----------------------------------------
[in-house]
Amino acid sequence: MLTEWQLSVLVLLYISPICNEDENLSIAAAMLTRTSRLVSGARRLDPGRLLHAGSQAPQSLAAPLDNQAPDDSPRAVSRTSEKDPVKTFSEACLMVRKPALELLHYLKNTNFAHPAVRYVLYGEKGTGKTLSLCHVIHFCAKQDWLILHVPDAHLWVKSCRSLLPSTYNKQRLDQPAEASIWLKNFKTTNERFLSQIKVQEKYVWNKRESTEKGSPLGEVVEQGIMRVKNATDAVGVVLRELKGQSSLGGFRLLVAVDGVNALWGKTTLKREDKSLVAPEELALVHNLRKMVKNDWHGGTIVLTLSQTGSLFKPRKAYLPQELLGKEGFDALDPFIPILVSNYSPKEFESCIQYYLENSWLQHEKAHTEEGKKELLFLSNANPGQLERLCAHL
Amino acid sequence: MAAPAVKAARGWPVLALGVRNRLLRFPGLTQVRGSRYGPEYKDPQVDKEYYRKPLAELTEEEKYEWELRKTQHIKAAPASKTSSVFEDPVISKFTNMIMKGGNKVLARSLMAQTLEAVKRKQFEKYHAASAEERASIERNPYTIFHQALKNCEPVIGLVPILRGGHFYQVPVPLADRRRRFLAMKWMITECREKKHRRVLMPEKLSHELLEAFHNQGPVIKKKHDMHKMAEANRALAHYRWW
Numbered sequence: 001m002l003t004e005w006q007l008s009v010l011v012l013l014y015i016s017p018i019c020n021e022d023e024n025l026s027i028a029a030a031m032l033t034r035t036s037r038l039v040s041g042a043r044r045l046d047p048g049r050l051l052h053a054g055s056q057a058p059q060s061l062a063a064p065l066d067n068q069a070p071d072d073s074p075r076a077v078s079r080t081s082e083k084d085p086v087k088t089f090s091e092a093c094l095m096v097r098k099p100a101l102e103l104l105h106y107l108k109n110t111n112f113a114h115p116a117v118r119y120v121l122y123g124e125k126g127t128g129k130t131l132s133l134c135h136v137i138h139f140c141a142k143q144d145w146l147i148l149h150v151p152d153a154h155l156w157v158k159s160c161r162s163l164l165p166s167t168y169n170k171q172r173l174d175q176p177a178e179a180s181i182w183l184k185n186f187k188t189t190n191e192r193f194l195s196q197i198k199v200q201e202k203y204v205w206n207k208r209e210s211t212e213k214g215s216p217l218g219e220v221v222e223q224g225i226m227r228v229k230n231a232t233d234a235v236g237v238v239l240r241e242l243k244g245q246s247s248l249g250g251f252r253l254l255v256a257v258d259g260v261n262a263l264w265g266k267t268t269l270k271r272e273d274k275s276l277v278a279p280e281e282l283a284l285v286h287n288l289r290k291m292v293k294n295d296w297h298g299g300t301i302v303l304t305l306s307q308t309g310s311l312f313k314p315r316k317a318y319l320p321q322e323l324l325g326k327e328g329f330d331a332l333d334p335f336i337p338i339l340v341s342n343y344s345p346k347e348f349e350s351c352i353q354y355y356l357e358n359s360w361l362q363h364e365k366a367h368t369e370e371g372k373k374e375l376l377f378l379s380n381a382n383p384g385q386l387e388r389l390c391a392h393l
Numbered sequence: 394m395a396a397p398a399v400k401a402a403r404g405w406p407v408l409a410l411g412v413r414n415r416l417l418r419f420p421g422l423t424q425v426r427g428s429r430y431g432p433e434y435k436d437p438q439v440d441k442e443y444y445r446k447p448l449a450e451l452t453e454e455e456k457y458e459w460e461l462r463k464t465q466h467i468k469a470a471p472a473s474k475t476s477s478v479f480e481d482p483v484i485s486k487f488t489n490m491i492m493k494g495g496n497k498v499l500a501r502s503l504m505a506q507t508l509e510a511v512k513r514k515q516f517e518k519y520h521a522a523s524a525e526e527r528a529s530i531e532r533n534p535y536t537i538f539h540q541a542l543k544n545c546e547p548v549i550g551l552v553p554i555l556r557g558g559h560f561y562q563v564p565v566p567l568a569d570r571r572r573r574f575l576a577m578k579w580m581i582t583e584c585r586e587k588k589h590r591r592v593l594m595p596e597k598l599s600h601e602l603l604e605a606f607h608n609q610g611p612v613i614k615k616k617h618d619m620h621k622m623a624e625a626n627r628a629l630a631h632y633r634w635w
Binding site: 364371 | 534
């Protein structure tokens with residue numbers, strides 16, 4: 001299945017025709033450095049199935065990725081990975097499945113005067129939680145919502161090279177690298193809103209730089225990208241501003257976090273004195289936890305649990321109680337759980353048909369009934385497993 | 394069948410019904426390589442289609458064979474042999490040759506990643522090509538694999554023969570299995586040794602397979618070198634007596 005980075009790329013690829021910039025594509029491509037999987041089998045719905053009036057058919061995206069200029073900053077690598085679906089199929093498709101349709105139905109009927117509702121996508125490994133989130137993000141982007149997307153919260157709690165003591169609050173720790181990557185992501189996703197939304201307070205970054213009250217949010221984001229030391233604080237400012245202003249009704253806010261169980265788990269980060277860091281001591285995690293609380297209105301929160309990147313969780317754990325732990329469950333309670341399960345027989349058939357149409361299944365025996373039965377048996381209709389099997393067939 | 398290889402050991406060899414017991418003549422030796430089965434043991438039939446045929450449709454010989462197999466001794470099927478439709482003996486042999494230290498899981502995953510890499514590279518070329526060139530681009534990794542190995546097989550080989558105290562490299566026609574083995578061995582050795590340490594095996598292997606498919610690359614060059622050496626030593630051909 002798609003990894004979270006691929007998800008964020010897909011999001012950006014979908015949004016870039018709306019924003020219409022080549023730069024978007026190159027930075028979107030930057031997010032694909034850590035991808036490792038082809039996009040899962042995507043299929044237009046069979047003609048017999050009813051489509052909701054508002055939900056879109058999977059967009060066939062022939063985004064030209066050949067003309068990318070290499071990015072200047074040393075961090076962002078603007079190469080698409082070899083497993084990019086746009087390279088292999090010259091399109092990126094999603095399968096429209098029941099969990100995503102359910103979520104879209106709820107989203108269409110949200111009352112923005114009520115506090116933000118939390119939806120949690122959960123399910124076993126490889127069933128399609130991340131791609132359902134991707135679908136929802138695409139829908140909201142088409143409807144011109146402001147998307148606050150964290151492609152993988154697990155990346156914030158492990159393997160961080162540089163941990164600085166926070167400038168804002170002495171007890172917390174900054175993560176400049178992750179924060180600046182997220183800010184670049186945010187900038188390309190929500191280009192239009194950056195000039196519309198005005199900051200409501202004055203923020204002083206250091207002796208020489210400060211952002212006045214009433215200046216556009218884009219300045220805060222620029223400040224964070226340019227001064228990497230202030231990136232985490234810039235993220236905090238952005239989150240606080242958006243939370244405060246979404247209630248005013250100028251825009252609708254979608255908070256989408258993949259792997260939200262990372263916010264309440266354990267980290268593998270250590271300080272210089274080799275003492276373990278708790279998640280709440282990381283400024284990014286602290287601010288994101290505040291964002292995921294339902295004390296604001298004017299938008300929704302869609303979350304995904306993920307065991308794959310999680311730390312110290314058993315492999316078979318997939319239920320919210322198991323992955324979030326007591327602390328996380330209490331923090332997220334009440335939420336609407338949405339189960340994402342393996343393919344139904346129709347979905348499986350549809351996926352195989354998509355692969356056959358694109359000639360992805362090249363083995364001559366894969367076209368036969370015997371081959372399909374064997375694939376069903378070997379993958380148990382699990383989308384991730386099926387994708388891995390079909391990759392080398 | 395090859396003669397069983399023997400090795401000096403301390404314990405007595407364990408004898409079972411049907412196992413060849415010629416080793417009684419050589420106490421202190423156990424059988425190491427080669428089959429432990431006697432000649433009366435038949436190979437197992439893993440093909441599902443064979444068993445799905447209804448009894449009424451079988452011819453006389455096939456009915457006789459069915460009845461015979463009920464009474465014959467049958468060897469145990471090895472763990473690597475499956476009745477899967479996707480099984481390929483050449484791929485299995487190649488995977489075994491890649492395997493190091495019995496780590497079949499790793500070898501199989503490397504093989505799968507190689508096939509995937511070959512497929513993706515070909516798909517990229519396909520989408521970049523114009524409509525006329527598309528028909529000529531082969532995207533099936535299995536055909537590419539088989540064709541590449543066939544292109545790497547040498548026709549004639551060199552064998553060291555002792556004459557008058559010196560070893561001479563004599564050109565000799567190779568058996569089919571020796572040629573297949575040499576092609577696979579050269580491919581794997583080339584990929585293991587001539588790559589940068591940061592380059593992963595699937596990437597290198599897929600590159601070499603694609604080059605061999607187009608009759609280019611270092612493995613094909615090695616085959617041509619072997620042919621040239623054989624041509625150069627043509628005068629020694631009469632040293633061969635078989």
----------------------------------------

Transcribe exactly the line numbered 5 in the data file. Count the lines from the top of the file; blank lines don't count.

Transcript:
Numbered sequence: 394m395a396a397p398a399v400k401a402a403r404g405w406p407v408l409a410l411g412v413r414n415r416l417l418r419f420p421g422l423t424q425v426r427g428s429r430y431g432p433e434y435k436d437p438q439v440d441k442e443y444y445r446k447p448l449a450e451l452t453e454e455e456k457y458e459w460e461l462r463k464t465q466h467i468k469a470a471p472a473s474k475t476s477s478v479f480e481d482p483v484i485s486k487f488t489n490m491i492m493k494g495g496n497k498v499l500a501r502s503l504m505a506q507t508l509e510a511v512k513r514k515q516f517e518k519y520h521a522a523s524a525e526e527r528a529s530i531e532r533n534p535y536t537i538f539h540q541a542l543k544n545c546e547p548v549i550g551l552v553p554i555l556r557g558g559h560f561y562q563v564p565v566p567l568a569d570r571r572r573r574f575l576a577m578k579w580m581i582t583e584c585r586e587k588k589h590r591r592v593l594m595p596e597k598l599s600h601e602l603l604e605a606f607h608n609q610g611p612v613i614k615k616k617h618d619m620h621k622m623a624e625a626n627r628a629l630a631h632y633r634w635w